Seasonal Pollen Allergies

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Seasonal Pollen Allergies

"Achoo!'; It is that time of year again when our students will be exposed to pollen allergy season. So, what happens during this time of year? Well, outdoor molds release their spores and trees, grasses and weeds release tiny pollen particles into the air to fertilize other plants. The peak is usually at mid-morning, early evening and when the wind is blowing. This causes the air we breathe to be loaded with pollen particles.

Seasonal allergies attack the immune systems of children who are allergic to mold spores or pollen. The immune system of an allergic child treats these particles, called allergens, as invaders and release chemicals, including histamine, into the bloodstream to defend against these allergens. It's the release of these histamine chemicals that causes allergy symptoms.

Children can be allergic to one or more types of pollen or mold. The type a child is allergic to depends on when the symptoms happen. For example, in the mid-Atlantic states, tree pollination is February through May, grass pollen runs from May through June and weed pollen is from August through October - so children with these allergies are likely to have increased symptoms at those times. Mold spores can develop all year, especially during the fall when leaves are turning colors.

Signs and Symptoms: If your child develops a cold at the same time every year, seasonal allergies could be the issue. Allergy symptoms usually come on suddenly and last as long as the child is exposed to the allergen. Symptoms may include: Sneezing, itchy nose and throat, watery itchy eyes, nasal congestion, clear, runny nose, coughing, fatigue and headache. Symptoms of itchy, watery or red eyes, is called allergic conjunctivitis. Children who have wheezing and shortness of breath in addition to the above symptoms might have allergies that trigger asthma episodes.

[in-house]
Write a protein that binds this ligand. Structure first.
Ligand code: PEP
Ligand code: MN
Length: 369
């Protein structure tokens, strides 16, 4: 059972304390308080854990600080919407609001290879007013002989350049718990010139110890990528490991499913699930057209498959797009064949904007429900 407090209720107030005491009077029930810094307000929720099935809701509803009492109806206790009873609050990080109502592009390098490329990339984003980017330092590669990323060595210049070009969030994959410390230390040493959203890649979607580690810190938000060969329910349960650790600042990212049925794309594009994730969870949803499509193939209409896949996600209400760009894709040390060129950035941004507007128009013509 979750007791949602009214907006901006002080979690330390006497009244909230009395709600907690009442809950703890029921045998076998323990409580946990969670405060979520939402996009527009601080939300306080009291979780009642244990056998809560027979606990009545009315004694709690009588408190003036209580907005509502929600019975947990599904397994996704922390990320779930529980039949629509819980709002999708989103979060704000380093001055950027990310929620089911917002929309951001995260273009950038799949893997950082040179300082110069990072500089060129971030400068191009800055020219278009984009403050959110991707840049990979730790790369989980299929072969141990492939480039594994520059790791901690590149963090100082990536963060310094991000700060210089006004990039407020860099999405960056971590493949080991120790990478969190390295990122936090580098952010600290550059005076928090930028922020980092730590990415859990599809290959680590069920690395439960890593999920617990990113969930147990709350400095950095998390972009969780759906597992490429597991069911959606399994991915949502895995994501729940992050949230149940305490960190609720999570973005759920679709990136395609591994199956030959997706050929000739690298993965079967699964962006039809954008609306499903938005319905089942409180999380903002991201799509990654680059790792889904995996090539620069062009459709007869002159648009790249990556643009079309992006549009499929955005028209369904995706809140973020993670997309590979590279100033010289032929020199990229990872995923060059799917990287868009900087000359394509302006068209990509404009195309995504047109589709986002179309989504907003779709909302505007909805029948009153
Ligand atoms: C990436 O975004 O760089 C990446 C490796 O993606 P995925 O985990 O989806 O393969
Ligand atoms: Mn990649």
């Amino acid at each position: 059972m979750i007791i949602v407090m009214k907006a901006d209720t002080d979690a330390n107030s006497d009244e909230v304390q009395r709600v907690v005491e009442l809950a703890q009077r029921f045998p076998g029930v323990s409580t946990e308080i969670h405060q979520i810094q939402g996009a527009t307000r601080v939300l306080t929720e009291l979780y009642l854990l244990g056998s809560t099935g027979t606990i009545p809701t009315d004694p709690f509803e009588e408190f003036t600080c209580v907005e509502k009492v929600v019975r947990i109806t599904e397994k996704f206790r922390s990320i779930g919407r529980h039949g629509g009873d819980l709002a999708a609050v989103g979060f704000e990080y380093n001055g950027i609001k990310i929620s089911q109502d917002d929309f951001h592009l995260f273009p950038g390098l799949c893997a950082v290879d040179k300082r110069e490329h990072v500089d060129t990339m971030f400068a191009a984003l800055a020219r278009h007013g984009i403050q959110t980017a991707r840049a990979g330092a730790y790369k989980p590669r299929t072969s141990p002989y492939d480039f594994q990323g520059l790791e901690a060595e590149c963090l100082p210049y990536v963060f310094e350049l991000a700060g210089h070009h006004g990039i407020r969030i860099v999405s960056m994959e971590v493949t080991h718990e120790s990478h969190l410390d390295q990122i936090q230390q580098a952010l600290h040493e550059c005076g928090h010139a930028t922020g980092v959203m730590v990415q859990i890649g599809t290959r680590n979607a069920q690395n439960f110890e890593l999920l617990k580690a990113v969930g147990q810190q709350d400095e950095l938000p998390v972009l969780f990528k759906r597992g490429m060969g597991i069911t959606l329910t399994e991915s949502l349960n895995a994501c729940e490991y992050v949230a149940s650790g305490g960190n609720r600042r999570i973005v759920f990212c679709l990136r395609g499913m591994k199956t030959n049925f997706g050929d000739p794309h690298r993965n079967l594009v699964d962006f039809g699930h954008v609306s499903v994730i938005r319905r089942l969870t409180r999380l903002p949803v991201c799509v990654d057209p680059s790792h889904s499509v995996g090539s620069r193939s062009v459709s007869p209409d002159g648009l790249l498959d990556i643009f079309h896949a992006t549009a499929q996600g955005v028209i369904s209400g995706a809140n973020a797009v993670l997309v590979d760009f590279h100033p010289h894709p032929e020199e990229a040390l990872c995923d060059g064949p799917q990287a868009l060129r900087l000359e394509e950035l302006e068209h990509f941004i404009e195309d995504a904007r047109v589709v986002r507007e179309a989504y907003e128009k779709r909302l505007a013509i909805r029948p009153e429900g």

If certain seasons cause allergy symptoms, keep the windows closed, use air conditioning and if possible, stay indoors when pollen/mold/weed counts are high. It's also a good idea for children with seasonal allergies to daily wash their hair, hands, shower and change their clothing after playing outside.

Some tips to combat seasonal allergies are: Using salt water nasal sprays, staying hydrated with water, steam from a shower/bath (keep tabs on the water temperature), keeping the windows closed, using an air conditioner, refrain from rubbing eyes, using soft tissues for an irritated nose, gargling to relieve sore throats, drinking warm liquids and applying warm compresses to the face may help with the sinus pressure. If your child is allergic to ragweed, they may also have a sensitivity to some foods like chamomile tea, sunflower seeds and cucumbers.

Talk with your healthcare provider if you think your child may have seasonal pollen allergies. If reducing exposure isn't possible or is ineffective, medication can help ease allergy symptoms. These may include decongestants, antihistamines and nasal spray steroids. If symptoms can't be managed with medicines, your healthcare provider may recommend taking your child to an allergist. The allergist will ask you about your child's symptoms, when they appear and based on your answers and a physical exam, he or she should be able to make a diagnosis. The allergist will also do allergy skin testing and/or allergy blood work.

The elementary school nurses can only administer over the counter medication or prescription medication, if we have a written medication order from your healthcare provider and written parental/guardian permission. All medications must be brought to school in its original pharmacy container.

Please contact the Sicomac School Nurses for any allergy questions or allergy information that you may need regarding your child's allergies. With your help, we can make this allergy season comfortable for your child.

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